Technetium-99 when used alone was accompanied by a high detection rate of at least one lymph node (86%, 95% CI: 83-89%, 25 studies).14 The use of novel radiotracers with nanocolloid properties seems to increase the diagnostic accuracy of the method; however, still evidence remains limited to draw robust conclusions.15 The addition of SPECT/CT may also increase the detection rates of positive lymph nodes and it seems that patients with increased bone marrow uptake seem to have higher odds of detection failure.16 The addition of blue dye also increases the accuracy of the method, although direct comparison with blue dye alone is reported scarcely in the literature and does not seem to be significantly inferior.14,17 In a previous study researchers reported that the cost of Technetium 99 combined with blue dye reaches $21,089, whereas the cost of Technetium 99 alone costs more than the combined approach alone ($21,462).18 The addition of methylthioninium chloride also increases the diagnostic accuracy of technetium 99, although this has been reported in only one study.19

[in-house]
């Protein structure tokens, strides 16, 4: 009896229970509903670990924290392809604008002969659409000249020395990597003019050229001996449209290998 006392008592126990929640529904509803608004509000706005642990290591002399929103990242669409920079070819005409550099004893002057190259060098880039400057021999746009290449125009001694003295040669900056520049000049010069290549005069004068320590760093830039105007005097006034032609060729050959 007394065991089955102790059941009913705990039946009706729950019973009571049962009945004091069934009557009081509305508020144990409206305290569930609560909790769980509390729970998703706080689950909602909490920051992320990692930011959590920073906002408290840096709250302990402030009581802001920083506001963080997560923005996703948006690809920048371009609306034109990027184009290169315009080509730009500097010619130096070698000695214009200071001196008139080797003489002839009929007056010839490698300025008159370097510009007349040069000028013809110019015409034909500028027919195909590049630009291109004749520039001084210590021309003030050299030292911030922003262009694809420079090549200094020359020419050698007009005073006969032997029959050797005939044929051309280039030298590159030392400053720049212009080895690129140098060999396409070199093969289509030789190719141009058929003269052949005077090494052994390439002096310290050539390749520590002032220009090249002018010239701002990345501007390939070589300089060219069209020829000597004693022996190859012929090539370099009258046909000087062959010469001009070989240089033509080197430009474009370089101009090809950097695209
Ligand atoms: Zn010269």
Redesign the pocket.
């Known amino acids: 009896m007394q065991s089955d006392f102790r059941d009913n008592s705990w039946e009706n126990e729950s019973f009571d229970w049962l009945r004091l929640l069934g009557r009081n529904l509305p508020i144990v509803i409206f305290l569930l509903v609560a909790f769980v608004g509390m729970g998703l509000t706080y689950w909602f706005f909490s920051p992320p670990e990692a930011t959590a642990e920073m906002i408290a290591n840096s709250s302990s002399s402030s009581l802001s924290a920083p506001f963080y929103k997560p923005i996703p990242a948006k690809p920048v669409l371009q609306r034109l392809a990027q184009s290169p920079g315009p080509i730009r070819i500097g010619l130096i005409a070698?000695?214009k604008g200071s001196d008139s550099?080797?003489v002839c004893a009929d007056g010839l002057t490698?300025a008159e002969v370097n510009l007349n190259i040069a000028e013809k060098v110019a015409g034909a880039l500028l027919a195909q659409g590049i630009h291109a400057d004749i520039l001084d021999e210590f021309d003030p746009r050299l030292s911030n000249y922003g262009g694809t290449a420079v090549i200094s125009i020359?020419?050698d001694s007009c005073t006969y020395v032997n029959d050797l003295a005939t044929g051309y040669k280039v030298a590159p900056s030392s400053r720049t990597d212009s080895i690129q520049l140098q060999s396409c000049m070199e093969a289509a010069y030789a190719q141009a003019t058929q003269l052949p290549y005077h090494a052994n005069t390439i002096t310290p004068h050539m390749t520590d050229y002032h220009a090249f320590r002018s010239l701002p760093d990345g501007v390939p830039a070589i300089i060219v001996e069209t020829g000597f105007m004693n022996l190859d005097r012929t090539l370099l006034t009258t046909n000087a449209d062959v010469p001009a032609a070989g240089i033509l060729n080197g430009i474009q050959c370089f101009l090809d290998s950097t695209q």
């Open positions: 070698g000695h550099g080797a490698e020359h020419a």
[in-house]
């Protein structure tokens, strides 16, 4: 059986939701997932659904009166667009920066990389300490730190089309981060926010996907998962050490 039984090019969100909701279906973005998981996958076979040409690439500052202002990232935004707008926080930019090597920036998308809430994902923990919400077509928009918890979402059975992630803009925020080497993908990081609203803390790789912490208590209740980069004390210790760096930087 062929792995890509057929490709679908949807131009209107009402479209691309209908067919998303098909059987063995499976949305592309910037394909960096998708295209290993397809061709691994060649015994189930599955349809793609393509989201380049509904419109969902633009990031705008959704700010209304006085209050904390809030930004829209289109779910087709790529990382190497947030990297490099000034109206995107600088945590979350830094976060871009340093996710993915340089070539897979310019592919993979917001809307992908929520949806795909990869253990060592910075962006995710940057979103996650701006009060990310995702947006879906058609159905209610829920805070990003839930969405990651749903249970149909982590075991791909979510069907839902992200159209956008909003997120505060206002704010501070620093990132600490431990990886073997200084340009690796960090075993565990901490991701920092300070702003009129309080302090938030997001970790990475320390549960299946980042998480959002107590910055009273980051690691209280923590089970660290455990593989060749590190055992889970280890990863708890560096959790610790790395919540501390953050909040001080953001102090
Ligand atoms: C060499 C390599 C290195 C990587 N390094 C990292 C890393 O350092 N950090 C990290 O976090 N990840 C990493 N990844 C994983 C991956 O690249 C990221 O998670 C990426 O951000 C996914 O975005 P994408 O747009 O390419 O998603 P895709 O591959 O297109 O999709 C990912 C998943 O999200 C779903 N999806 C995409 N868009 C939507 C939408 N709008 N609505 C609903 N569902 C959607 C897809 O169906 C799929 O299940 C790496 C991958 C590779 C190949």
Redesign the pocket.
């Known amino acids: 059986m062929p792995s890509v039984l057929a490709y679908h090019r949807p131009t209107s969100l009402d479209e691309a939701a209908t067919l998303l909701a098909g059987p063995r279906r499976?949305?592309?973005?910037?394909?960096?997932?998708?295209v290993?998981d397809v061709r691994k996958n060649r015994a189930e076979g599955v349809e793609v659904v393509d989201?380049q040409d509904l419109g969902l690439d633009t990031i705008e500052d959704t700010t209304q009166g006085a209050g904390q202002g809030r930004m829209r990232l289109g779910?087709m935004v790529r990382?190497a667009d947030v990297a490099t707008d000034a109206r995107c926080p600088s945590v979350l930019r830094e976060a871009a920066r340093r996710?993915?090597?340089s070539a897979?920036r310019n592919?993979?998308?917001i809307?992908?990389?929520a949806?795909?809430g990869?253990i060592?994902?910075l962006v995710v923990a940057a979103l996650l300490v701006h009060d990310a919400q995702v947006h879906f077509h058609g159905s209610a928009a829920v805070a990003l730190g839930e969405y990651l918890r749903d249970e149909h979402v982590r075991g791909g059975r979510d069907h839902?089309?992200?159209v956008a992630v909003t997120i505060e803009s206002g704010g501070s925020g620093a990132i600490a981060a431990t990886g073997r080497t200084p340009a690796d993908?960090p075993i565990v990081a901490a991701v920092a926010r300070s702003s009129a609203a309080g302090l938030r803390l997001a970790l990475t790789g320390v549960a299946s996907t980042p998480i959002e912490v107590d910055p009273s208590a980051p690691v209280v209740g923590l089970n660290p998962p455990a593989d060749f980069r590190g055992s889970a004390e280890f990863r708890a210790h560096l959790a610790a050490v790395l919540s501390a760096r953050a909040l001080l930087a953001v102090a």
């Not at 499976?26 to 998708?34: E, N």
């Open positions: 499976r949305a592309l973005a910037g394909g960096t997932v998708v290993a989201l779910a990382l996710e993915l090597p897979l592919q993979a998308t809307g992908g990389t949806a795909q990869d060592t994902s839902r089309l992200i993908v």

Indocyanine green

Indocyanine green is the preferred method of sentinel lymph node mapping and biopsy as it is associated with superior diagnostic accuracy rates in both endometrial and cervical cancer patients.14,20 It should be noted that the evidence is still limited, mostly to observational studies, whereas data from randomized trials suggest that the technique is not superior to that of a combination of technetium and blue dye.21 Compared to blue dye alone, the technique, however, nearly doubles the detection rate according to the results of a randomized controlled trial (detection rate 97% vs 47%).22 Most guidelines suggest its use over technetium and technetium and blue dye and it is considered the method of choice for gynecological cancer sentinel lymph node detection.1,2

Blue dye